Underwater photography, even to the seasoned pro, can feel complicated and foreign in this entirely new realm. You know your dry-land gear so well, but now you’ve got to incorporate such rarefied tools as ports and underwater housing. It can get confusing. Throw in learning new lighting techniques and intensive post-processing, and odds are your head will be swimming with new information.
Underwater photography may seem complicated at first, but with a bit of practice, it can become second nature. As you slip beneath the surface, concentrating solely on the moment you’re capturing, my hope is that you’ll feel the same quiet joy that I’ve found in underwater photography.
Before you jump in
There are many things to consider before heading under the surface. Obviously, an underwater camera is a must, and there are many options on the market. When choosing one that fits your needs, consider whom you’ll be photographing (clients versus your own circle), where you’ll be shooting (natural bodies of water versus pools), and the purpose of the images (professional versus hobbyist): An underwater housing unit for a DSLR or mirrorless camera will produce the highest quality images, but you can certainly head underwater with less pricey makes, such as GoPro, Olympus TG-5, and SeaLife. Knowing what you need from your underwater camera will make the selection easier.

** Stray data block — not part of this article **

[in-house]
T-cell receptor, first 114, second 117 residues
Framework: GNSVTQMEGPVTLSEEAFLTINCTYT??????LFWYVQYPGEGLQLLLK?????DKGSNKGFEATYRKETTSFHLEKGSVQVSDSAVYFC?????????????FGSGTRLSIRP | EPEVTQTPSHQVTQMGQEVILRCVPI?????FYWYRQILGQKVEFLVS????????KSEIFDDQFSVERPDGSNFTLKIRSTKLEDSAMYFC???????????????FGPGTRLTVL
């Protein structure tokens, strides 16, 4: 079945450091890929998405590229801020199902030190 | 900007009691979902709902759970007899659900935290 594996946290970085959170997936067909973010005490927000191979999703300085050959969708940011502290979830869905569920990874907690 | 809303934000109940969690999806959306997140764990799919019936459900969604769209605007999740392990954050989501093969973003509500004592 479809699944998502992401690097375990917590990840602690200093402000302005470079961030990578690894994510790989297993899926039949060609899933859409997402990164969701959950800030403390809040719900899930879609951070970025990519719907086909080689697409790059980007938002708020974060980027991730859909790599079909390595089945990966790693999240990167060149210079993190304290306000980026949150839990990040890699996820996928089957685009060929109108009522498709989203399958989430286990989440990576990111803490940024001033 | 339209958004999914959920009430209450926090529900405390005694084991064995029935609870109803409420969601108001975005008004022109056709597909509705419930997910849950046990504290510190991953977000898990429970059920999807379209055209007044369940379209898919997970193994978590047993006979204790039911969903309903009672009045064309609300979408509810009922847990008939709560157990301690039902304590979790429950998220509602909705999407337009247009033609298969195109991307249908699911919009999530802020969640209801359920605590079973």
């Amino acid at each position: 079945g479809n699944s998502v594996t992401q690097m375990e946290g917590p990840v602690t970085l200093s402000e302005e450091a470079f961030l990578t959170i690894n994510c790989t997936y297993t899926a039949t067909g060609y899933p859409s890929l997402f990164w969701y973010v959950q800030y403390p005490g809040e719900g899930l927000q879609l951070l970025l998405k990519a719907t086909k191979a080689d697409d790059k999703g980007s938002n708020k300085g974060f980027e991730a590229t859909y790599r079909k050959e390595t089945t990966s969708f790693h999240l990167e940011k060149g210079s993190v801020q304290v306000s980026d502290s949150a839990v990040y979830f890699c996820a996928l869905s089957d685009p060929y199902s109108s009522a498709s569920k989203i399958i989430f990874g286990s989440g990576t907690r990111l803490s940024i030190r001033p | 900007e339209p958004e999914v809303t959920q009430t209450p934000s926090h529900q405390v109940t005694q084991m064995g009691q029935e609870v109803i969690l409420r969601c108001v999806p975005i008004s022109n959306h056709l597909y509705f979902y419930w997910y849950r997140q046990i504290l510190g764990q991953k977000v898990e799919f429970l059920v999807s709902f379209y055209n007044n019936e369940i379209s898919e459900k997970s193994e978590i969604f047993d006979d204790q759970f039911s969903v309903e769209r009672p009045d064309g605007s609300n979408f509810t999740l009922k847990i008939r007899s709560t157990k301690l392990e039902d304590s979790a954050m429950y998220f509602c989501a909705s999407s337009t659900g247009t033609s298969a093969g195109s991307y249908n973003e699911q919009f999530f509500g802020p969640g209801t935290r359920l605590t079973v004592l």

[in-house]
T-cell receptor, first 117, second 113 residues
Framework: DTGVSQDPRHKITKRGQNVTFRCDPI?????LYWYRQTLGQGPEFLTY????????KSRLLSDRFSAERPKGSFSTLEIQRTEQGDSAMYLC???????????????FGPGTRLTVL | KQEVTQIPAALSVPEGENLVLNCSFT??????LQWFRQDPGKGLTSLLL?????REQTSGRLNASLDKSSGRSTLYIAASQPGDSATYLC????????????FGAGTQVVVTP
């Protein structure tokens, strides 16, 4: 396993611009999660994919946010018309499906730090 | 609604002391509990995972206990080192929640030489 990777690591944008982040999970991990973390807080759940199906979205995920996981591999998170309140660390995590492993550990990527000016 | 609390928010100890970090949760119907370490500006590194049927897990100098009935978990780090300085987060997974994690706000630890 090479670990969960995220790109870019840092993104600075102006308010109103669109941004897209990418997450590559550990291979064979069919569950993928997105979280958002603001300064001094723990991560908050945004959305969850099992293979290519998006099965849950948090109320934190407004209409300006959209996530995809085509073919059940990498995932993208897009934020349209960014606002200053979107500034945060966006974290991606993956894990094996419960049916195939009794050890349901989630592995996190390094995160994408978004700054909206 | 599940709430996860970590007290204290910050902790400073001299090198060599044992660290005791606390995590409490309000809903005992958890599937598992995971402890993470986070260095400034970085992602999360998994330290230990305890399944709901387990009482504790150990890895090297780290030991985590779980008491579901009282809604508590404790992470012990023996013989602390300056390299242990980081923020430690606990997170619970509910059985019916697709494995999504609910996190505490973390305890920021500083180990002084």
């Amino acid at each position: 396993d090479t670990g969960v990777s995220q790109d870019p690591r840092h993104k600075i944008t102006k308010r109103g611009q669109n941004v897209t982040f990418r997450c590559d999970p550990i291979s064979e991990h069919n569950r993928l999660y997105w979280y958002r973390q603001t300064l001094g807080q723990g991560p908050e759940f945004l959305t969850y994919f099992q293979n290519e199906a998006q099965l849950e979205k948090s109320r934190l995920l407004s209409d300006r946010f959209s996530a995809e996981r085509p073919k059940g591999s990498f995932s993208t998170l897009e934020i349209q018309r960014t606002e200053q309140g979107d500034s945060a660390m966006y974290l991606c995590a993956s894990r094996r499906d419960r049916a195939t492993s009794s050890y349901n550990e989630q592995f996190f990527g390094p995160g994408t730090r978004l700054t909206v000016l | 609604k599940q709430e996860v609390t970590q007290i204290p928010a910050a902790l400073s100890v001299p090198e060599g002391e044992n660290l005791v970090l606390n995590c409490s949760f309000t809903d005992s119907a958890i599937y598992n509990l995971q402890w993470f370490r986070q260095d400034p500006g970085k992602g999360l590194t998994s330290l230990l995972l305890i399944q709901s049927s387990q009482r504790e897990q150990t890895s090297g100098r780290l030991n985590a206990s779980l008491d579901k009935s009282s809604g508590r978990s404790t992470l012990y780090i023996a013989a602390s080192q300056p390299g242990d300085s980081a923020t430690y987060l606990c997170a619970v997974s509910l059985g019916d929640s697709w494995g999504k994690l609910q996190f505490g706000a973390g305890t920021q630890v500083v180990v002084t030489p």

The second most important item is your dive mask, which allows you to see clearly underwater. Goggles will also work, but I prefer a dive mask, without which I am unable to see through the water, thus making it impossible to intentionally compose images (both items can be customized for your eyeglass prescription). Investing in anti-fog sprays like Quick Spit for your mask will help keep your underwater views as clear as possible. Underwater, I use an SPL Water Housing, a Nikon D700 or the mirrorless Nikon Z6, and a wide-angle lens. When it’s all assembled, my gear is buoyant enough to pull me quickly back to the surface. To offset this, I wear a 12-pound weight belt. The additional weight gives me the neutral buoyancy to remain submerged until I decide to resurface.